Micrographia

Micrographia Robert HookeIntroduced by Ruth Scurr and with a Brief Life by John Aubrey A handsome readable edition of Hooke s seminal text with all plates reproduced at full size including large scale fold ou

  • Title: Micrographia
  • Author: Robert Hooke
  • ISBN: null
  • Page: 196
  • Format: Hardcover
  • Robert HookeIntroduced by Ruth Scurr and with a Brief Life by John Aubrey.A handsome readable edition of Hooke s seminal text with all 38 plates reproduced at full size including 5 large scale fold outs.Limited to 750 numbered copies400 pages set in Caslon typePrinted on Munken Pure paper38 plates including 5 fold outsIllustrations reproduced from copies of the first and sRobert HookeIntroduced by Ruth Scurr and with a Brief Life by John Aubrey.A handsome readable edition of Hooke s seminal text with all 38 plates reproduced at full size including 5 large scale fold outs.Limited to 750 numbered copies400 pages set in Caslon typePrinted on Munken Pure paper38 plates including 5 fold outsIllustrations reproduced from copies of the first and second editions held at the Bodleian Library and the Museum of the History of Science, OxfordQuarter bound in leather with cloth sides blocked in silver with a design by Neil Gower based on the eye of a grey drone flySilver top edgeCloth covered slipcase blocked in silverBook size 13 8
    • Free Read [Mystery Book] ✓ Micrographia - by Robert Hooke ✓
      196 Robert Hooke
    • thumbnail Title: Free Read [Mystery Book] ✓ Micrographia - by Robert Hooke ✓
      Posted by:Robert Hooke
      Published :2019-07-15T00:32:20+00:00

    646 Comment

    • Lytle says:

      Newton’s famous line: “If I have seen more than others, it is because I was standing on the shoulders of giants.” This is in a letter to Robert Hooke of all people, with whom he was in dispute about optics, especially color. Newton is in a way acknowledging that he’s benefited from reading Hooke’s work. But if one plugs that comment into the context of Hooke’s most famous publication, Micrographia, which is certainly the main work Newton read, gigantism is in fact a central concern, [...]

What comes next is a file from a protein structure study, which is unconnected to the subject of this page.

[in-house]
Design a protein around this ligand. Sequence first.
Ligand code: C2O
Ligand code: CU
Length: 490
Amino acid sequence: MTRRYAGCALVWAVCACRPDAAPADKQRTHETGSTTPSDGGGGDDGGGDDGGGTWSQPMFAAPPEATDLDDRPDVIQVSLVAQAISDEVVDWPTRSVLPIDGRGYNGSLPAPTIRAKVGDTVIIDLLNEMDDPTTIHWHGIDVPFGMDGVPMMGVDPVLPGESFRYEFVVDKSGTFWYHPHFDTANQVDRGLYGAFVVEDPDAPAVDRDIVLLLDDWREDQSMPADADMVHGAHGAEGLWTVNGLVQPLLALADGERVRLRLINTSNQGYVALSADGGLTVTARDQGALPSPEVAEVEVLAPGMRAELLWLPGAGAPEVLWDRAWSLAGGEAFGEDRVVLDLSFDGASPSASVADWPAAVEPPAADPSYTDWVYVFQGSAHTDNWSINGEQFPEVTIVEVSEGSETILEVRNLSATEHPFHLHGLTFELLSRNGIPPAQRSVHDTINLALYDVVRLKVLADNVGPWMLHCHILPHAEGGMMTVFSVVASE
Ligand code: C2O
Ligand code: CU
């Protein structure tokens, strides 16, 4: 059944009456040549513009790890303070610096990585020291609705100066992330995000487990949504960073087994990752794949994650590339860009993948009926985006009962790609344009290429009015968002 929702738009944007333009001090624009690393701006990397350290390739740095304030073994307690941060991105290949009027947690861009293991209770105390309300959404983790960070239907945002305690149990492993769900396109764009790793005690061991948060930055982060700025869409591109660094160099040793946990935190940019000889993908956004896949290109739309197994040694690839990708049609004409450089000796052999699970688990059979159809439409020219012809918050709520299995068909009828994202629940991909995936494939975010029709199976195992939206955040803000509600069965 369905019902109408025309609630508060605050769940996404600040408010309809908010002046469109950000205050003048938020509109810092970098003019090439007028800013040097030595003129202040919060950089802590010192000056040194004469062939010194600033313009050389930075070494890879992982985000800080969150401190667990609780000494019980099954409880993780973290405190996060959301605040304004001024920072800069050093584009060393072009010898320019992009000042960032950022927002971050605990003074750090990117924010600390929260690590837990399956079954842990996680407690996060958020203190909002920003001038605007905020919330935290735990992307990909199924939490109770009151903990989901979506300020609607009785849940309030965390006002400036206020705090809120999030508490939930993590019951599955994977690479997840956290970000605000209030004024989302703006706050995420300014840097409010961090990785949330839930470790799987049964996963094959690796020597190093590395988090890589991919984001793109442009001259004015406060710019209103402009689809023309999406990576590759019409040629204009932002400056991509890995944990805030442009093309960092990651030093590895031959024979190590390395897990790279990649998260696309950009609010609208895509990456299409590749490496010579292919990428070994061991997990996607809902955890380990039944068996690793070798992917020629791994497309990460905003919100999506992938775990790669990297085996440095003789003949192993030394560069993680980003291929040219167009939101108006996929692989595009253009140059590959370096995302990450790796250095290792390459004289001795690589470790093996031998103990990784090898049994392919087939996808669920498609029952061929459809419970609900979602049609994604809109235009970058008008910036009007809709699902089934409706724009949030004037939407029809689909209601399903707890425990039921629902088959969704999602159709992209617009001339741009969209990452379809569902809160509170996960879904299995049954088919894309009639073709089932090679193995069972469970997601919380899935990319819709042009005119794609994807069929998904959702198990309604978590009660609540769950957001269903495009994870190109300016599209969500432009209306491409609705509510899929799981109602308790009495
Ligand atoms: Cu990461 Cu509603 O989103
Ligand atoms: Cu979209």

• Dan says:

      Taking my time with the Octavo digital edition of this amazing book. I saw an original at the San Francisco Antiquarian Book Fair for a rather hefty price, with the famous foldout engraving of a flea displayed (behind glass, of course). Hooke was featured as one of the strangest character in Neal Stephenson's Baroque cycle

    • Douglas Summers-Stay says:

      Robert Hooke was a member of the Royal Society, the first scientists proper in England. He did all kinds of experiments about anything he could think of, but this books is mainly about his discoveries made with the microscope. It was first published in 1665, and the version I read is a direct reproduction. The language isn't hard to understand, but the use of long s's that look like f's makes it slow reading. I guess I should be grateful it's not in Latin, like Kircher's books.Some of the things [...]

    • Jim says:

      Originally published in 1665, Micrographia is the most famous and influential work of English scholar ROBERT HOOKE (1635-1703), a notable member of the Royal Society and the scientist for whom Hooke's Law of elasticity is named. Here, Hooke describes his observations of various household and biological specimens, such as the eye of a fly and the structure of plants, and became the first person to use the term cell in biology, as the cells in plants reminded him of monk's living quarters. In addi [...]

    • John Gribbin says:

      The first great scientific book written in English, beautifully illustrated (many of the drawings were by Hooke’s friend Christopher Wren) and easily accessible for the layman. Samuel Pepys got an early copy and sat up reading it until 2 am, writing in his diary that it was “the most ingenious book that ever I read in my life.” Hooke not only described the microscopic world, but also astronomy, geology and the nature of light, setting out ideas which Isaac Newton later lifted and passed of [...]

    • Anthony says:

      read this on microform :-)

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